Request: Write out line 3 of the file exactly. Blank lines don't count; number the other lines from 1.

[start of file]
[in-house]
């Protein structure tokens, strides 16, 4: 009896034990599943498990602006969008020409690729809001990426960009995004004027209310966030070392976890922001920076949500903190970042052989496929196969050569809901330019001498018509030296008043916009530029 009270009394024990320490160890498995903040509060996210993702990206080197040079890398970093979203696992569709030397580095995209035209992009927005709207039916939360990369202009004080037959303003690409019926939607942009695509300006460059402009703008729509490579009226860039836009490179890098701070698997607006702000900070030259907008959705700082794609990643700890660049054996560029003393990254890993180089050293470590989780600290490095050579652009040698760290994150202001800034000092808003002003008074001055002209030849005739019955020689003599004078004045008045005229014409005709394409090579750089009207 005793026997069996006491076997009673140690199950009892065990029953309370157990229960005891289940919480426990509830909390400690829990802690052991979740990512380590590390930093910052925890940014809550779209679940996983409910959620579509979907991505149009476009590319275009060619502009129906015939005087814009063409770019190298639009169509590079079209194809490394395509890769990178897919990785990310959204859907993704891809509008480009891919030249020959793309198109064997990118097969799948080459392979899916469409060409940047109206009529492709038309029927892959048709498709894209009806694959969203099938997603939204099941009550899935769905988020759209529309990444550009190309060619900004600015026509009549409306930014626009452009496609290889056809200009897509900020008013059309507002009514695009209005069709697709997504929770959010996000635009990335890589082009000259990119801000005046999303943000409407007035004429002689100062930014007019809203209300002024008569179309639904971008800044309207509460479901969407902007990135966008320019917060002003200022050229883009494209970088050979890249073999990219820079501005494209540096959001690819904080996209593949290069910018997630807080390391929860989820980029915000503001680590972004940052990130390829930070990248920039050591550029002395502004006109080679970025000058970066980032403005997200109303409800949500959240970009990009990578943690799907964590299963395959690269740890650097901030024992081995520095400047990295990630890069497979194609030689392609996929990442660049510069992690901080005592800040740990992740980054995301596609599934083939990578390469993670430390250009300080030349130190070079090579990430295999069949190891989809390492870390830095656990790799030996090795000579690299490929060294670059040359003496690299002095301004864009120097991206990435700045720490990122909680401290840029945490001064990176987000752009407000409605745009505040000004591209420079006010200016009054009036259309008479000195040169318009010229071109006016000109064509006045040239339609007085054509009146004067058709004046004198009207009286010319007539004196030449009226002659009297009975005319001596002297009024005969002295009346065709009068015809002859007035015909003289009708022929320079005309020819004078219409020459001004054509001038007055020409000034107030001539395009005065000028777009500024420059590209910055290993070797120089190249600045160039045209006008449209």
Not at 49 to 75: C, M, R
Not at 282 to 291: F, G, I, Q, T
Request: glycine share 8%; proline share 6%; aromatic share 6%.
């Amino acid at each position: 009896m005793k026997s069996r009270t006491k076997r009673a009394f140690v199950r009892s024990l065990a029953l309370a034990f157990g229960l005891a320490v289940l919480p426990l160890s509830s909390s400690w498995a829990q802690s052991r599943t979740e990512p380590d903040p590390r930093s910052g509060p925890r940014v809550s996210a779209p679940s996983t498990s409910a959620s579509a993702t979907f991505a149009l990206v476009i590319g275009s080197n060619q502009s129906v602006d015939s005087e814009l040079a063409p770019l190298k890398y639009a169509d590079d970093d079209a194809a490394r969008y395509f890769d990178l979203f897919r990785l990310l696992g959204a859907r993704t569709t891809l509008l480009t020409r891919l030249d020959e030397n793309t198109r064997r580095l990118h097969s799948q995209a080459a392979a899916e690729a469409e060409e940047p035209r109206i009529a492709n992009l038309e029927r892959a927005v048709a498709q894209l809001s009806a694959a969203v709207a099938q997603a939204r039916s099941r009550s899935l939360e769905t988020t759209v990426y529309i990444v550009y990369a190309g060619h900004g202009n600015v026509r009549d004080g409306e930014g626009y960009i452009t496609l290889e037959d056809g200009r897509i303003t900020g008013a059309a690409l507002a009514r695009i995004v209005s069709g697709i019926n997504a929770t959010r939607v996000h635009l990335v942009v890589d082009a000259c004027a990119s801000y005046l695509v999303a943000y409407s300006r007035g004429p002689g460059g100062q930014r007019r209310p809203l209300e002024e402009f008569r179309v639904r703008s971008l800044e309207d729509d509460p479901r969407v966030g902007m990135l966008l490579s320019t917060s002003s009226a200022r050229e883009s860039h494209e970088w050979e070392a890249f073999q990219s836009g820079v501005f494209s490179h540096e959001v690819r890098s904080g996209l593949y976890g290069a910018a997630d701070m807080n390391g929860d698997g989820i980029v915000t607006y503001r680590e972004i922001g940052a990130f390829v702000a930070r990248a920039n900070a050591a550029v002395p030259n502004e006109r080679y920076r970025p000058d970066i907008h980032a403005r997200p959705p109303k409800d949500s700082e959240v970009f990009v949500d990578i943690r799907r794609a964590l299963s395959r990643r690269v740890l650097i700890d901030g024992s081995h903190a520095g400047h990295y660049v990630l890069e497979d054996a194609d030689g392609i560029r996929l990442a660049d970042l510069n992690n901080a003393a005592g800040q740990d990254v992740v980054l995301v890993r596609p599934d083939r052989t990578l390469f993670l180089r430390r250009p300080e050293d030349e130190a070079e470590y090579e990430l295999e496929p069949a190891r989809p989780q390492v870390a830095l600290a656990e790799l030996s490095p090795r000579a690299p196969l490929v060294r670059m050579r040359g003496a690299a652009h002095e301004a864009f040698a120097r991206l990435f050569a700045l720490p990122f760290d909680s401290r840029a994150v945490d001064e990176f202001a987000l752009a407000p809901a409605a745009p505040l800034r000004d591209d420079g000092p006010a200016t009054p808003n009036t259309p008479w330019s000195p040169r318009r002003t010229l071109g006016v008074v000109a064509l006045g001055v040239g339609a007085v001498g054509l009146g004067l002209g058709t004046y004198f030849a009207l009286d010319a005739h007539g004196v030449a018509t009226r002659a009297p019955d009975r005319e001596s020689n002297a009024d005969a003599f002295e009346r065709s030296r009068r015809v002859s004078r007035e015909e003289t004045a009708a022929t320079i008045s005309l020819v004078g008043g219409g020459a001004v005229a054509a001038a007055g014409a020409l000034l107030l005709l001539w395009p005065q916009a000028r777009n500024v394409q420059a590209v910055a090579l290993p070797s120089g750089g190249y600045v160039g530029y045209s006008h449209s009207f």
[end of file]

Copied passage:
Not at 49 to 75: C, M, R